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Fifth COVID case: "This release did not have to happen"

April 17, 2020 — Mendocino County has a fifth confirmed case of COVID-19, in a former inmate who was recently released from Chino State Prison for men, which, as of April 16th, had 69 confirmed cases among staff and inmates. 

The inmate was originally not scheduled to be released until May, but he got out early because of the COVID-19 emergency. He is currently in Ukiah with a family member, and both are supposed to stay put. The man is technically still under the jurisdiction of the Stanislaus County probation department, which is in the process of transferring him to Mendocino County.

That county’s sheriff forwarded an email from the Stanislaus County’s public health officer to Mendocino County Sheriff Matt Kendall. The memo states that the former inmate, who remains asymptomatic, had a known exposure to people who were ill with COVID-19. Kendall, reading from the memo, said, “The inmate...will be separated and quarantined for the next fourteen days, to be sure he is past the incubation period of COVID-19.” That was on April 7th, meaning his quarantine should have ended on April 21st. But the inmate was released the next day.

Mendocino County Chief Probation Officer Izan Locatelli said the newly released man called in to his probation officer on April 9th, from Ukiah. He was tested on April 16th, and his test came back positive the next day. Locatelli related the former inmate’s description of his journey to Mendocino County from Chino, which is in San Bernardino County. KZYX has not confirmed this account with prison officials in Chino or the former inmate.  

“We talked about that very thing, trying to understand how many exposures he’s had in our county, or across the state,” Locatelli said. “He told me that there was a mass release of them, thirty to forty inmates, as he described it, and they were taken out of the prison three at a time, in vans, and dropped off at the Greyhound bus stop in Chino. His intention was to take the Greyhound back here, but it just so happened that another inmate’s family was at that stop, and they offered to take him all the way to Sacramento. So he did go to Sacramento, and was dropped off at the Greyhound there, where he was picked up by the family member which he currently resides with. That person brought him the rest of the way to Ukiah, where they remain.”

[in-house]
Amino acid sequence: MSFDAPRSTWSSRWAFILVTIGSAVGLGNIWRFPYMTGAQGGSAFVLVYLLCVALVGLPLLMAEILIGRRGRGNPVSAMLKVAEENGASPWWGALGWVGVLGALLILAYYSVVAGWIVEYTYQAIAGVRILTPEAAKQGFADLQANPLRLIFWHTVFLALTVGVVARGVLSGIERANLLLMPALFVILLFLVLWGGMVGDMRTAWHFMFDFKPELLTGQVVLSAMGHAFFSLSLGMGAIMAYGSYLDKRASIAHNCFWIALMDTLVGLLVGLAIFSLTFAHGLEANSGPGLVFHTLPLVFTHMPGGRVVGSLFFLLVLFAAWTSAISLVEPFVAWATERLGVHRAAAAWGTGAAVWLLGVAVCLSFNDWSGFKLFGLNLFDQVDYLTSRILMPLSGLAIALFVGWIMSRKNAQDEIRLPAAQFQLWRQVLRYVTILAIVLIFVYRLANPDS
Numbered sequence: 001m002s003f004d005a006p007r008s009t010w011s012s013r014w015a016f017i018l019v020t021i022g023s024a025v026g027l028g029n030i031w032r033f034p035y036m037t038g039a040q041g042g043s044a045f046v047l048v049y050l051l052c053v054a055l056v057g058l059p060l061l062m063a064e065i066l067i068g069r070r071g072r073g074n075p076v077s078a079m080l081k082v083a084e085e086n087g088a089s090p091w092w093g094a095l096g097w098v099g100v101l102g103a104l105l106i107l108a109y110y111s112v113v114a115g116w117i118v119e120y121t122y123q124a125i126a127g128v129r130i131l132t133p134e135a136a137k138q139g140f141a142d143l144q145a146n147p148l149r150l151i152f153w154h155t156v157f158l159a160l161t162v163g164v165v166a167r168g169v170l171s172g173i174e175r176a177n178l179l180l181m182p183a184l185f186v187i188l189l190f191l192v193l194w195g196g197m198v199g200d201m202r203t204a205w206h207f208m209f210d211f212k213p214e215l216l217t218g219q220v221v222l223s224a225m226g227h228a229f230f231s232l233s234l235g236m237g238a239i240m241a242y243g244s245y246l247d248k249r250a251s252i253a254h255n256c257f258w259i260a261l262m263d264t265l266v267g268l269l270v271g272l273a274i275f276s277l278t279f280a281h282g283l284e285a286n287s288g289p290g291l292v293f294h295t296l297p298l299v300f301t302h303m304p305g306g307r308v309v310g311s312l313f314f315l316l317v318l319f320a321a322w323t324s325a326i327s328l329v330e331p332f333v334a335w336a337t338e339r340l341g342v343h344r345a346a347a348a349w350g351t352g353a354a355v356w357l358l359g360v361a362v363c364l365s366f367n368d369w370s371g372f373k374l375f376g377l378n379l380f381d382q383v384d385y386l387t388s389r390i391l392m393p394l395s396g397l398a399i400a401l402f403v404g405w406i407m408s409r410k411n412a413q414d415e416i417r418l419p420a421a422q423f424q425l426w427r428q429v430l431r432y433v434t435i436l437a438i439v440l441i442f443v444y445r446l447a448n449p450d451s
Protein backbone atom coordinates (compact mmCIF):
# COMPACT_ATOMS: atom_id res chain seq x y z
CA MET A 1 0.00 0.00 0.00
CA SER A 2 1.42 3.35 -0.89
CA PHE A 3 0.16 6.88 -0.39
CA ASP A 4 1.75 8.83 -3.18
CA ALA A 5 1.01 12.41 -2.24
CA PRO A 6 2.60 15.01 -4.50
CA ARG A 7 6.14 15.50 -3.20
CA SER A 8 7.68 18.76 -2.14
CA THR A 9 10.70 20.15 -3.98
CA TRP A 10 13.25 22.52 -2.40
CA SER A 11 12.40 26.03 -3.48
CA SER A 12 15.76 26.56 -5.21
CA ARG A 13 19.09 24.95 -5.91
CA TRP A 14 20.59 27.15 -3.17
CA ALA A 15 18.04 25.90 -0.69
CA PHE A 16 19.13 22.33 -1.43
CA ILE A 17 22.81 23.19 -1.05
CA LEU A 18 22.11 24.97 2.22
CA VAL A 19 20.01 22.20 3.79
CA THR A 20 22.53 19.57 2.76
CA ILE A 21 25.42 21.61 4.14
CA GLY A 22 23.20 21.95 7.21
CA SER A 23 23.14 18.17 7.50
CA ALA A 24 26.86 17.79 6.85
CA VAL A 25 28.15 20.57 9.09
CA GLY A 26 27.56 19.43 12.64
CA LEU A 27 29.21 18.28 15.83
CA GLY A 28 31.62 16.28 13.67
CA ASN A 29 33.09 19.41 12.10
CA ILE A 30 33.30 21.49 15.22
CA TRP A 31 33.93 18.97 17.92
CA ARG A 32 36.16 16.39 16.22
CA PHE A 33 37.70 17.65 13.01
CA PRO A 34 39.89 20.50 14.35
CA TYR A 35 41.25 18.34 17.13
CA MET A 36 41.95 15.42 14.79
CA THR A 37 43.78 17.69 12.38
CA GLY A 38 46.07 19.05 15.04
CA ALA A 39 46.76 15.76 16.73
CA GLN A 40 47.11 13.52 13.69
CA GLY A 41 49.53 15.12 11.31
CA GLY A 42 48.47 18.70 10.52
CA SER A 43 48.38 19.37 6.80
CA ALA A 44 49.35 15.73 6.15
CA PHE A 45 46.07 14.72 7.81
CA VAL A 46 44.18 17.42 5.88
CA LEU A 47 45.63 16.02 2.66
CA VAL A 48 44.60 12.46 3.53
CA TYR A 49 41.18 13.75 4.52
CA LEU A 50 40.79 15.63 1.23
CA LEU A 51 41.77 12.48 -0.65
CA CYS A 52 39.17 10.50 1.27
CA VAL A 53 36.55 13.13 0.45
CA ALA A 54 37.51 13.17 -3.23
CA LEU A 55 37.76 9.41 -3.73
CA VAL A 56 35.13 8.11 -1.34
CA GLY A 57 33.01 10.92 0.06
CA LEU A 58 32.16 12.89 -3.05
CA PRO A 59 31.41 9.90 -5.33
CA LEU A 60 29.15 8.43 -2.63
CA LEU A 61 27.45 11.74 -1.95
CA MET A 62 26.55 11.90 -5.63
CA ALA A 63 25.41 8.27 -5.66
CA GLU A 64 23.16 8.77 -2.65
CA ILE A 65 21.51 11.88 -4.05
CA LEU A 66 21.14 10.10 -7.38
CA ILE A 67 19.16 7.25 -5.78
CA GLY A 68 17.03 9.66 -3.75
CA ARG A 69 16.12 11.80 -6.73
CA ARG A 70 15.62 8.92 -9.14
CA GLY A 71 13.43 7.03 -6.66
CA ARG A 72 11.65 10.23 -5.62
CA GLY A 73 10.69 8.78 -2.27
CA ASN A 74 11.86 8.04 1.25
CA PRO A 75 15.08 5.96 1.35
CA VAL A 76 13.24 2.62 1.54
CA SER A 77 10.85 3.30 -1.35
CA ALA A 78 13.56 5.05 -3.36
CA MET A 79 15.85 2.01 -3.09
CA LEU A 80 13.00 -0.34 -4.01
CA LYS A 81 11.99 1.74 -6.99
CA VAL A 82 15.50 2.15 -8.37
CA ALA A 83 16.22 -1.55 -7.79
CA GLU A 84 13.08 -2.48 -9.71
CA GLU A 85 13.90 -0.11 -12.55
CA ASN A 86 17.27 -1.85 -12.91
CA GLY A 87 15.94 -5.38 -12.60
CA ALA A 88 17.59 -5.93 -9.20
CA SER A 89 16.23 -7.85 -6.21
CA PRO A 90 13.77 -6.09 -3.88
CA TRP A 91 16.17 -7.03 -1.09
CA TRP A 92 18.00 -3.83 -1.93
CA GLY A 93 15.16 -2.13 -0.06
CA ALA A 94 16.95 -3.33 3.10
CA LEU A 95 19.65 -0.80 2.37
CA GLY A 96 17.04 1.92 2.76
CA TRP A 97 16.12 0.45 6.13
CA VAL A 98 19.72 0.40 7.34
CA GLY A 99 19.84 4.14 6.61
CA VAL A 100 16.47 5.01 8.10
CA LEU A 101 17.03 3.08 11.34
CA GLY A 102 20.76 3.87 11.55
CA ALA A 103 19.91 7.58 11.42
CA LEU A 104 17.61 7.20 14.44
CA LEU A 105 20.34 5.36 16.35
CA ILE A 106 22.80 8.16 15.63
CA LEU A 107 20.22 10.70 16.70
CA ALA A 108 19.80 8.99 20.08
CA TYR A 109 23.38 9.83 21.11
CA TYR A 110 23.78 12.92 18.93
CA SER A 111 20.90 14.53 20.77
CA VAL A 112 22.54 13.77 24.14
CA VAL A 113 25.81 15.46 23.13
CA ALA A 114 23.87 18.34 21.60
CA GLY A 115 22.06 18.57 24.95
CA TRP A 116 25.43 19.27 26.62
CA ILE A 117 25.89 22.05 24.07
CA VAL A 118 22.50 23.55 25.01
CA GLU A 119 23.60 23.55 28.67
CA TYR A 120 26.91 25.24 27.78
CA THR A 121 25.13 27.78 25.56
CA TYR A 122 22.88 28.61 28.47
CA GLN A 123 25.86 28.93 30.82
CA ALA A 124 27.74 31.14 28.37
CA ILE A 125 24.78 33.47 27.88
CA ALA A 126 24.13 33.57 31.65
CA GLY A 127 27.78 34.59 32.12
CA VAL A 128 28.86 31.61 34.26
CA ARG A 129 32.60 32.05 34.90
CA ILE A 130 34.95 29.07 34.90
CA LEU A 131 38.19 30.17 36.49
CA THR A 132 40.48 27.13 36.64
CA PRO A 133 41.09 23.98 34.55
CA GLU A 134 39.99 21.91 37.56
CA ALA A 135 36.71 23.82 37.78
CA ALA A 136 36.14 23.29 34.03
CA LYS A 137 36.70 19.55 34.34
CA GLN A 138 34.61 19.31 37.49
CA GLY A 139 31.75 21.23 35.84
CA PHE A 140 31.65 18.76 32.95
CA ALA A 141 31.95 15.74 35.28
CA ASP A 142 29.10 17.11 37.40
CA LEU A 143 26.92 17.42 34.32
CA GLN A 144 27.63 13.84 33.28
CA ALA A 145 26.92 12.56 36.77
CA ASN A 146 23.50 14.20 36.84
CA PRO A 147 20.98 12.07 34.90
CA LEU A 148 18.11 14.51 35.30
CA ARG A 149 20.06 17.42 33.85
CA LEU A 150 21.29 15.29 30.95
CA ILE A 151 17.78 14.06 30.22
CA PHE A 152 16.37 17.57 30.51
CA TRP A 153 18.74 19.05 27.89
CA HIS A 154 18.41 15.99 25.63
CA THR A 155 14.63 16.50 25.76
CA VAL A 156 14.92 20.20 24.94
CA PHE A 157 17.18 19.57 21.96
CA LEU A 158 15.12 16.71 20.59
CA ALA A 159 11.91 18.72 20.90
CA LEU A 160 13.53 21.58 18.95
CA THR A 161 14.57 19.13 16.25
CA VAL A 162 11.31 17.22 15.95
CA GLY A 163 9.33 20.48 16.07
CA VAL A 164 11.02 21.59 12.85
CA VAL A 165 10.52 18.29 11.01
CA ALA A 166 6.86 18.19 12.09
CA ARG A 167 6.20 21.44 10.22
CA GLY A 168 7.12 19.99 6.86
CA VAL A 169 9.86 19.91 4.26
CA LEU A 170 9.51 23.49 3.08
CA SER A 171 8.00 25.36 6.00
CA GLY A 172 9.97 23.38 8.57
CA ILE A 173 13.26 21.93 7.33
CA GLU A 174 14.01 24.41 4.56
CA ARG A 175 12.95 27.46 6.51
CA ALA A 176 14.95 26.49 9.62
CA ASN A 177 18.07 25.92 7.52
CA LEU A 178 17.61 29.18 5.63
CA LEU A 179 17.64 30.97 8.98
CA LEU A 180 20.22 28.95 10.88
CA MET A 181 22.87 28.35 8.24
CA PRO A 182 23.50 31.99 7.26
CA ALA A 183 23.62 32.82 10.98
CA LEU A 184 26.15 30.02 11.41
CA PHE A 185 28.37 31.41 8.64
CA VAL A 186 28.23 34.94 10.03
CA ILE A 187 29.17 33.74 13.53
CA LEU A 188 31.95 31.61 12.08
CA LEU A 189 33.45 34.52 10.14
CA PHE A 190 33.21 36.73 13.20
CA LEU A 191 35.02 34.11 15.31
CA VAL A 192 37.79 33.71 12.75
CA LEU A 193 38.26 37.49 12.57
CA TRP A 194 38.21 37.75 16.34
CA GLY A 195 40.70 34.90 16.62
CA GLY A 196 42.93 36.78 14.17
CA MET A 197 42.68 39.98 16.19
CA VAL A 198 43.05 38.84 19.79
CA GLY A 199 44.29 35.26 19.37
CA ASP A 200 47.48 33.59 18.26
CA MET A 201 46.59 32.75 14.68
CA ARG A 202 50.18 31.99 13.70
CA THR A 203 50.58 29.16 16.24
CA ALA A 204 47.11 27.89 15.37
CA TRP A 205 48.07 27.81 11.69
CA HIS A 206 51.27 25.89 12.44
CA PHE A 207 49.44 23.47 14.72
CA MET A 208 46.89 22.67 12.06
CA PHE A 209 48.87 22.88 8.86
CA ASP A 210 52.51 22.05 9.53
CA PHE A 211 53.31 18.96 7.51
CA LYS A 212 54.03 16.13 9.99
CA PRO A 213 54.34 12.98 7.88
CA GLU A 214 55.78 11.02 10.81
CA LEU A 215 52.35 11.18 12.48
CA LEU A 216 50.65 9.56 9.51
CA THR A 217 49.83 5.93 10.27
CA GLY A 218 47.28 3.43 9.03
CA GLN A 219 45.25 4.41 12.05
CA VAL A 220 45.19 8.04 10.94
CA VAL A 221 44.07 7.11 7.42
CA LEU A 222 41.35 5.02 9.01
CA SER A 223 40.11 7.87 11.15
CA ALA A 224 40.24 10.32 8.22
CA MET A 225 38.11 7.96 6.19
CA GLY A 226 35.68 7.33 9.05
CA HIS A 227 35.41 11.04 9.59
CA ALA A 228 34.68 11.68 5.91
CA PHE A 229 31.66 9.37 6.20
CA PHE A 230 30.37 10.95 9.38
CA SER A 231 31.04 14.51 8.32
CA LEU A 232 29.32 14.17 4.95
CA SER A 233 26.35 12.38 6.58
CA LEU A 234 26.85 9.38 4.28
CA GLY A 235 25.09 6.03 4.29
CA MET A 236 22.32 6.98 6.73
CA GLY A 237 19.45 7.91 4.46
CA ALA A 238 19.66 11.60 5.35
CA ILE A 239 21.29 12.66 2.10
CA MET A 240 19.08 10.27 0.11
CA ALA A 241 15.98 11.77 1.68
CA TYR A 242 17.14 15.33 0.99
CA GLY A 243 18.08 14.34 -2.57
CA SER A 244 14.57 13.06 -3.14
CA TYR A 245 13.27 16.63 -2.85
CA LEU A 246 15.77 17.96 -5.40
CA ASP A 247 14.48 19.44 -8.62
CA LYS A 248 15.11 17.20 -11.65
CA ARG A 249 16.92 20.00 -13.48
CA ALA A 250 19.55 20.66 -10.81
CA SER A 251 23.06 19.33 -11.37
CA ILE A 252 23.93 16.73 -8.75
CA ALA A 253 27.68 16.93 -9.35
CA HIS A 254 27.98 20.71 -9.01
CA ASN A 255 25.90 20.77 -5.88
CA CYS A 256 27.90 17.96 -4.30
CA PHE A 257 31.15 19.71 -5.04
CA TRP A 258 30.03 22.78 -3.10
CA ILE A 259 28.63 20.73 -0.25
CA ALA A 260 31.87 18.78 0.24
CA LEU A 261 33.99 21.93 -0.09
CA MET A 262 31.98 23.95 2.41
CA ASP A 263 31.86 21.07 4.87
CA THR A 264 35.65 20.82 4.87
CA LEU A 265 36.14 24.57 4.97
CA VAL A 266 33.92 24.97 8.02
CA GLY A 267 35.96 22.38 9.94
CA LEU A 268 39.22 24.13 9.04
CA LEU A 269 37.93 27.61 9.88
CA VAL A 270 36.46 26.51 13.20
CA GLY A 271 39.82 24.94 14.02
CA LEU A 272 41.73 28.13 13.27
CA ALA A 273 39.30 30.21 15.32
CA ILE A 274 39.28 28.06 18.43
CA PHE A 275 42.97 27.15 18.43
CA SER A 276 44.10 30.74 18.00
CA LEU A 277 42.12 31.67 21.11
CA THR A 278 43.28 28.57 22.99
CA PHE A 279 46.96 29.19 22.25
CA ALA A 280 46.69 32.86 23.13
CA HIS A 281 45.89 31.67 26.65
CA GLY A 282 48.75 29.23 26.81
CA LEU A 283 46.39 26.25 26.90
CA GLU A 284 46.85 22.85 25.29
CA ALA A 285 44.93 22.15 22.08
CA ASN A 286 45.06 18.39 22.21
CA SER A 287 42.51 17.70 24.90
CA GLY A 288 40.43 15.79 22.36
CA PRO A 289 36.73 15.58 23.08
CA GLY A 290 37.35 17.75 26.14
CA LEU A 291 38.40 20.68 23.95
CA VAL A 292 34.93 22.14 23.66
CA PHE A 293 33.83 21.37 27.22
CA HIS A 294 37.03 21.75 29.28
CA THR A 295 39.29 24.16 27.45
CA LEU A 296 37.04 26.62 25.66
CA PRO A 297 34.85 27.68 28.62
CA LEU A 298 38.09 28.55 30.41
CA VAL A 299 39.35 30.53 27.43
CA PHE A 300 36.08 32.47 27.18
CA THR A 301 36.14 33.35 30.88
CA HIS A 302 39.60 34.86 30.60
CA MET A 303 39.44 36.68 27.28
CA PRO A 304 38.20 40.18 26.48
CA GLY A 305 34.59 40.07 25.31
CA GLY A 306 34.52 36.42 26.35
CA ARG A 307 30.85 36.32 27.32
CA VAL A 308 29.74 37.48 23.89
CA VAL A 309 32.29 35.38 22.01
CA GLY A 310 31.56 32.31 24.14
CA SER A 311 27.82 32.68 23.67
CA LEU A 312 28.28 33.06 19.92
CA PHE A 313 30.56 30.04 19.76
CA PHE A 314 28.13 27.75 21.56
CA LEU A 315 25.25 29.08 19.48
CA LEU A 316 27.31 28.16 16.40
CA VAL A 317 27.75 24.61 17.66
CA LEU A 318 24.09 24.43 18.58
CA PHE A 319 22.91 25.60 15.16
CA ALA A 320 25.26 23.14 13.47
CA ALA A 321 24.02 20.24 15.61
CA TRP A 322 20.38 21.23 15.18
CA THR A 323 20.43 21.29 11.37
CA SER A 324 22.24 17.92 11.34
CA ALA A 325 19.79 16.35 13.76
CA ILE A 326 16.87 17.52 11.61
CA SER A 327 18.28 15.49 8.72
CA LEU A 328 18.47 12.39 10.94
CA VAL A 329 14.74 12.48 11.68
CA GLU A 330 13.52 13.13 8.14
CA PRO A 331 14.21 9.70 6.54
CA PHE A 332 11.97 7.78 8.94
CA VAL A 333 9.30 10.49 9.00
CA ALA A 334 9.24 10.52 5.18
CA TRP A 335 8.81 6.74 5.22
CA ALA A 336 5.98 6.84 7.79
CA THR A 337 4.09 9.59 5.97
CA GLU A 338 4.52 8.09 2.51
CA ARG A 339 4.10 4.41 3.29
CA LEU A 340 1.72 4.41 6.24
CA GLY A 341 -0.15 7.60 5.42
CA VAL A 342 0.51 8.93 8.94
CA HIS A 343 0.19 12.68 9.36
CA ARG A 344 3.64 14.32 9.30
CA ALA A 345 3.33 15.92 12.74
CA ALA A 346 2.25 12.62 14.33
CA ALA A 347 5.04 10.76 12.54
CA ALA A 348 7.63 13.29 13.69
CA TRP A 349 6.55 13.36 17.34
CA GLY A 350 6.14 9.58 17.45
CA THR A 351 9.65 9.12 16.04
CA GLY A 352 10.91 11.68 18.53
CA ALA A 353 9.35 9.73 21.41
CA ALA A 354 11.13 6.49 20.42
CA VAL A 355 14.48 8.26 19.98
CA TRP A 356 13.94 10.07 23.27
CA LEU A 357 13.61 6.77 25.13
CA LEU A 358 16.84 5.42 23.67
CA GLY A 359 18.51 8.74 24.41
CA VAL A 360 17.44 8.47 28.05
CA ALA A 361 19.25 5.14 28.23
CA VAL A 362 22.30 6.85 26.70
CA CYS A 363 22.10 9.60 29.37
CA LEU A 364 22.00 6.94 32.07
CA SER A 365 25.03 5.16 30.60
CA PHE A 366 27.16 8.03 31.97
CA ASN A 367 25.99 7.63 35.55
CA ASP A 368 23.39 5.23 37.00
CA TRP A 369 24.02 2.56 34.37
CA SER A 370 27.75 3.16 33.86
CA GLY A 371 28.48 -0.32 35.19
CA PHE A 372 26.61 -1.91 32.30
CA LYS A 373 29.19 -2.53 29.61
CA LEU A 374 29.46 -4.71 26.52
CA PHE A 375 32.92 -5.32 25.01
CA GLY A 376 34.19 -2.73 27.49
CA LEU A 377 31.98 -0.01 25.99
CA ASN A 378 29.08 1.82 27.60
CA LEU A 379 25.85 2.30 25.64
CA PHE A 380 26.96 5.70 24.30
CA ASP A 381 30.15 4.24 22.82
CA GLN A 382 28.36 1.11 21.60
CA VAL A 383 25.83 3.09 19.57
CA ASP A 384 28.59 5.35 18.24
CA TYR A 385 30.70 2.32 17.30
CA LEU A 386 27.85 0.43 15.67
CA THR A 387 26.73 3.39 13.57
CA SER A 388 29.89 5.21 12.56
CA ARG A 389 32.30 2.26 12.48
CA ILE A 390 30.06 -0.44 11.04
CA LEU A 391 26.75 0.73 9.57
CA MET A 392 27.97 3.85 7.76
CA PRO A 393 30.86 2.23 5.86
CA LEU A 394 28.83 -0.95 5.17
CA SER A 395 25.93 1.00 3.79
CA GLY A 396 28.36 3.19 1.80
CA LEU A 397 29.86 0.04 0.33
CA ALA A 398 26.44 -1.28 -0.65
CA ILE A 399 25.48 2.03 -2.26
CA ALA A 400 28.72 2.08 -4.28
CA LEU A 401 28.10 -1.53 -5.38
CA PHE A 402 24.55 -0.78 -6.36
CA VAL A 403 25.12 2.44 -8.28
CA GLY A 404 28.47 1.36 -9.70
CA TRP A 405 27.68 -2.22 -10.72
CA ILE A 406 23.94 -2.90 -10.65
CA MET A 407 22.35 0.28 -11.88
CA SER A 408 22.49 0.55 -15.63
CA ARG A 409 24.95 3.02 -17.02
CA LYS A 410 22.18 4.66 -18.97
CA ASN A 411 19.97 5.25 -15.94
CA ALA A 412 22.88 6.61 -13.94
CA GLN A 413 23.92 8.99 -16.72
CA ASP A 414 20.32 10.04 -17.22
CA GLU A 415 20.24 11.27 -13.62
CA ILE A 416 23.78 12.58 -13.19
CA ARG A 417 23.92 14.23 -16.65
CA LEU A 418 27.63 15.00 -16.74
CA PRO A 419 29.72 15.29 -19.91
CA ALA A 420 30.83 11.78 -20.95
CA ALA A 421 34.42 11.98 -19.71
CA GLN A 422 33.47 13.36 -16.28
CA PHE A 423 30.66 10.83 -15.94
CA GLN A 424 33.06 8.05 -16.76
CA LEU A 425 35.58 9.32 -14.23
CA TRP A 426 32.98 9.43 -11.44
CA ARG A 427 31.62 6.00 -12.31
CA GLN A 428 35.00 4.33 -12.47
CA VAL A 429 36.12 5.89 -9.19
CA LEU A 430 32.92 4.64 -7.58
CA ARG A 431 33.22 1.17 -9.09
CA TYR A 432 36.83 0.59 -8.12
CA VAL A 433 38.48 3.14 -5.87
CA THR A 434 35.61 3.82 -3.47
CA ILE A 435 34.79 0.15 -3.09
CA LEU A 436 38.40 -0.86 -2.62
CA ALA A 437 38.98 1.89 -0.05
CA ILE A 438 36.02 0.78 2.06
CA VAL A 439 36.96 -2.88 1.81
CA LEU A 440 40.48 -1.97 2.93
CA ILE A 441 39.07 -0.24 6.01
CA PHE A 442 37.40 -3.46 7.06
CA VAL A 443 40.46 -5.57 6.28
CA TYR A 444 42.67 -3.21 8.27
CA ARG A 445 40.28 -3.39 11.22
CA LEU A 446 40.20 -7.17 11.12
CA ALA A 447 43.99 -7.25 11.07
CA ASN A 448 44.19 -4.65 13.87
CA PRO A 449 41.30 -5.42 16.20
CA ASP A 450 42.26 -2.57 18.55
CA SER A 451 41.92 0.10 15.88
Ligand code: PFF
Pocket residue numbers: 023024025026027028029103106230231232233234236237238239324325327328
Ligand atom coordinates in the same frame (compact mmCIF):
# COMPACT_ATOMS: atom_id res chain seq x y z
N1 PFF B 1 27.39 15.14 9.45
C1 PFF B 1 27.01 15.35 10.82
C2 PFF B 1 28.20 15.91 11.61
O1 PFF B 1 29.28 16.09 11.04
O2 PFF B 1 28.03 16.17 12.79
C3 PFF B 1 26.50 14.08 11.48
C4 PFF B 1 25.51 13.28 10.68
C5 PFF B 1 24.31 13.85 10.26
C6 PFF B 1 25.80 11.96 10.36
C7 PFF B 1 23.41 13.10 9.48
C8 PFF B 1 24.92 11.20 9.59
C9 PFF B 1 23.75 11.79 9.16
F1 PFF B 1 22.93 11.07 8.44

Violent offenders are not eligible for the emergency COVID-19 early release program, but Locatelli says the former inmate has a strike against him for assault with a deadly weapon. Ukiah Police Chief Justin Wyatt is not happy to have this case in his community, and thinks it is due to a long-time systemic shortcoming. “During a crisis like we’re in, the weaknesses of any system will be brought forward to bear, and that’s what’s happening right now,” he noted, saying that with prison realignment, “these grey areas occur all the time with these kind of releases...and I think it’s important for the community to understand that.” Wyatt also laid out the pros and cons. The infected former inmate is in the county seat, which Wyatt thinks makes it “easier to try to mitigate and control this problem, but the potential for spread is also a lot greater.”

Locatelli says he expects his department will come up with a way to monitor the patient, whether it be by using a phone app or an electronic device or expensive round-the-clock monitoring. Like Wyatt, he has a bone to pick with the state. “We have some great opportunity to share with the state, this is actually the exact fact pattern and how this came to be about,” he said. “This release did not have to happen.”


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